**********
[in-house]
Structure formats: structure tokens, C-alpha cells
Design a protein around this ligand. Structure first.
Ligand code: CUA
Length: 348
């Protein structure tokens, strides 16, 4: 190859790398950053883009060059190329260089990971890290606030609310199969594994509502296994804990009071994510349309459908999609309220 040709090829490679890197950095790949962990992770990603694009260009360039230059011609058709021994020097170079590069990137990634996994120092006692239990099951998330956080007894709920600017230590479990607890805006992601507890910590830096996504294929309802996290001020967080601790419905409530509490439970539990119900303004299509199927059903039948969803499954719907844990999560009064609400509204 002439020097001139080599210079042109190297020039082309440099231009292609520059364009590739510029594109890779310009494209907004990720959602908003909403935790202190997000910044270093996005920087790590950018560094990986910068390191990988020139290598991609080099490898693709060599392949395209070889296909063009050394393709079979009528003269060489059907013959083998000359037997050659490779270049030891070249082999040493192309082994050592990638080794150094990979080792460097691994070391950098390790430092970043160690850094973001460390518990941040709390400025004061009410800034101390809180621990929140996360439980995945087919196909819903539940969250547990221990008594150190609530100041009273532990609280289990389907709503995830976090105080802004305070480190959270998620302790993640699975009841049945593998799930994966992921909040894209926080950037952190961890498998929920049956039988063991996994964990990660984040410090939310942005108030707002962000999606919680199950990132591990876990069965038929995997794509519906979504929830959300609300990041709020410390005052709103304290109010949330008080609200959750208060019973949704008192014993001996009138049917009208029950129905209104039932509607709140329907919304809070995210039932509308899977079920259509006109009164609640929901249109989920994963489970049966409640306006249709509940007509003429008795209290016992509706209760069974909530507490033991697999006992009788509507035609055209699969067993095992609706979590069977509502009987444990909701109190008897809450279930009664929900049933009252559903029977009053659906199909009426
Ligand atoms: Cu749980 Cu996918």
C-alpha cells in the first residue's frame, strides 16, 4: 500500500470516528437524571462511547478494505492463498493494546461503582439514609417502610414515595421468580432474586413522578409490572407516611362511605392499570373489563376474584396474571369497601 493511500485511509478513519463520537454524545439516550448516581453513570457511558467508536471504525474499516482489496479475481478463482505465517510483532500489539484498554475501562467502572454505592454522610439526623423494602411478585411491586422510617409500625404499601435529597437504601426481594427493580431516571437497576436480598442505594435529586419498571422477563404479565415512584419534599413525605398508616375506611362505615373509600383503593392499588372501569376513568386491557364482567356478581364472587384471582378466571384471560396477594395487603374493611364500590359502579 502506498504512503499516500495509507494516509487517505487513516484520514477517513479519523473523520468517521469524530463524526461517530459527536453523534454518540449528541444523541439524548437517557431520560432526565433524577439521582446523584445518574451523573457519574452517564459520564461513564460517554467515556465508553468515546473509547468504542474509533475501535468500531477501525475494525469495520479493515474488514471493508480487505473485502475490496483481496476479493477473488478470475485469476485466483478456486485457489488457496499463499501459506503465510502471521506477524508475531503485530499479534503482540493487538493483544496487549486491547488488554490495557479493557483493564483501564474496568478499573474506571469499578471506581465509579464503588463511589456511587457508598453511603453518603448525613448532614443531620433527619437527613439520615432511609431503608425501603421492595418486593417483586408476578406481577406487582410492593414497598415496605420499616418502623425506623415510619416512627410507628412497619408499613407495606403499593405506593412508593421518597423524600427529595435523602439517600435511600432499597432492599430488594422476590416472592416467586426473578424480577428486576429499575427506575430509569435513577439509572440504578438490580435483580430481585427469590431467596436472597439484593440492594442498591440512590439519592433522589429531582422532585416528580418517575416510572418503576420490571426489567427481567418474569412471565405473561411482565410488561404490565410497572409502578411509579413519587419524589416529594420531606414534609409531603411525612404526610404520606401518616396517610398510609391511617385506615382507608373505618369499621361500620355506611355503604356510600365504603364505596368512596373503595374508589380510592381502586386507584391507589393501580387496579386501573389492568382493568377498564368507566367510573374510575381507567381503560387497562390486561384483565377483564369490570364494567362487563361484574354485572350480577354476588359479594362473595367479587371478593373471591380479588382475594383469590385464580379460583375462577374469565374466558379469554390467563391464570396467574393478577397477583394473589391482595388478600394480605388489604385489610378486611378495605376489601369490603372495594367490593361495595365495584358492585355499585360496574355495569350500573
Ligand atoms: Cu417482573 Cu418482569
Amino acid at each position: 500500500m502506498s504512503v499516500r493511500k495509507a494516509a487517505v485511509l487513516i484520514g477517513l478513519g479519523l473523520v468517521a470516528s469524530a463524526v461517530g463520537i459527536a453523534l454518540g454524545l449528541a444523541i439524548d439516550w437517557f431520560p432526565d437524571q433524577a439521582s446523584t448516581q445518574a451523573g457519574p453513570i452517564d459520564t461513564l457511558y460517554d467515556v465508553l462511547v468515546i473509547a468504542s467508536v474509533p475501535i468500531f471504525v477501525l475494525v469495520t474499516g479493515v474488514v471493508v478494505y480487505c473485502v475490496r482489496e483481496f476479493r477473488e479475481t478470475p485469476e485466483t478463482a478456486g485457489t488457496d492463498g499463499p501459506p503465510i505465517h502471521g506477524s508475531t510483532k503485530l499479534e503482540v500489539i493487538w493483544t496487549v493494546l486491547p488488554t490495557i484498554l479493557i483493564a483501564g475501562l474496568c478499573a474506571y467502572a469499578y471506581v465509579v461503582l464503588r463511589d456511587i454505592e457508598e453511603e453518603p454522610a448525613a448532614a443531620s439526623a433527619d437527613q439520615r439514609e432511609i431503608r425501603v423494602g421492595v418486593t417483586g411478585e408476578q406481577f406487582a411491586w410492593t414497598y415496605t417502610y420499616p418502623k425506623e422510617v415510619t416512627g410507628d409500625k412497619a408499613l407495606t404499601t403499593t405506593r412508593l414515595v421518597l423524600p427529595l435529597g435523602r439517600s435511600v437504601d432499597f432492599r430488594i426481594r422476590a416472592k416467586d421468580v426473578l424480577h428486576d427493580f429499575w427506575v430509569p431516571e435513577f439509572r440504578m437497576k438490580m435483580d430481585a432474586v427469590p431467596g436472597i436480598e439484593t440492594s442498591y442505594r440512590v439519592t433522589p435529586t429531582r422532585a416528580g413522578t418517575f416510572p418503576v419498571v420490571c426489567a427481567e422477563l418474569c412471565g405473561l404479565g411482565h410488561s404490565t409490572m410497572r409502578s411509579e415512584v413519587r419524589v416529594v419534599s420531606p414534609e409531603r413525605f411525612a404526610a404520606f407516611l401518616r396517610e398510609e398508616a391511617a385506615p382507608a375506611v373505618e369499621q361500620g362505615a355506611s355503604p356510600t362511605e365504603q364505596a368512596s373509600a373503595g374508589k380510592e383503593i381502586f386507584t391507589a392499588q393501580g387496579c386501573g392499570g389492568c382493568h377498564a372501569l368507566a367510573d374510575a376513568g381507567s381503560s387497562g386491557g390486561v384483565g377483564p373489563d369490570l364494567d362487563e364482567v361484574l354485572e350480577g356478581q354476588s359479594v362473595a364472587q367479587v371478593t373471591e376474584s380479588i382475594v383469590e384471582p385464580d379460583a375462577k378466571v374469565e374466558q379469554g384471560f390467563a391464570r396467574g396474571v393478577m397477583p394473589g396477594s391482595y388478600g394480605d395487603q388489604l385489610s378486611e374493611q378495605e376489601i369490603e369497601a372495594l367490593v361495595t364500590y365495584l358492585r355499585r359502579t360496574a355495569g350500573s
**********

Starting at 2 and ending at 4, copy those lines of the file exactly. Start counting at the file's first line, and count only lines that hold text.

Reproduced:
Structure formats: structure tokens, C-alpha cells
Design a protein around this ligand. Structure first.
Ligand code: CUA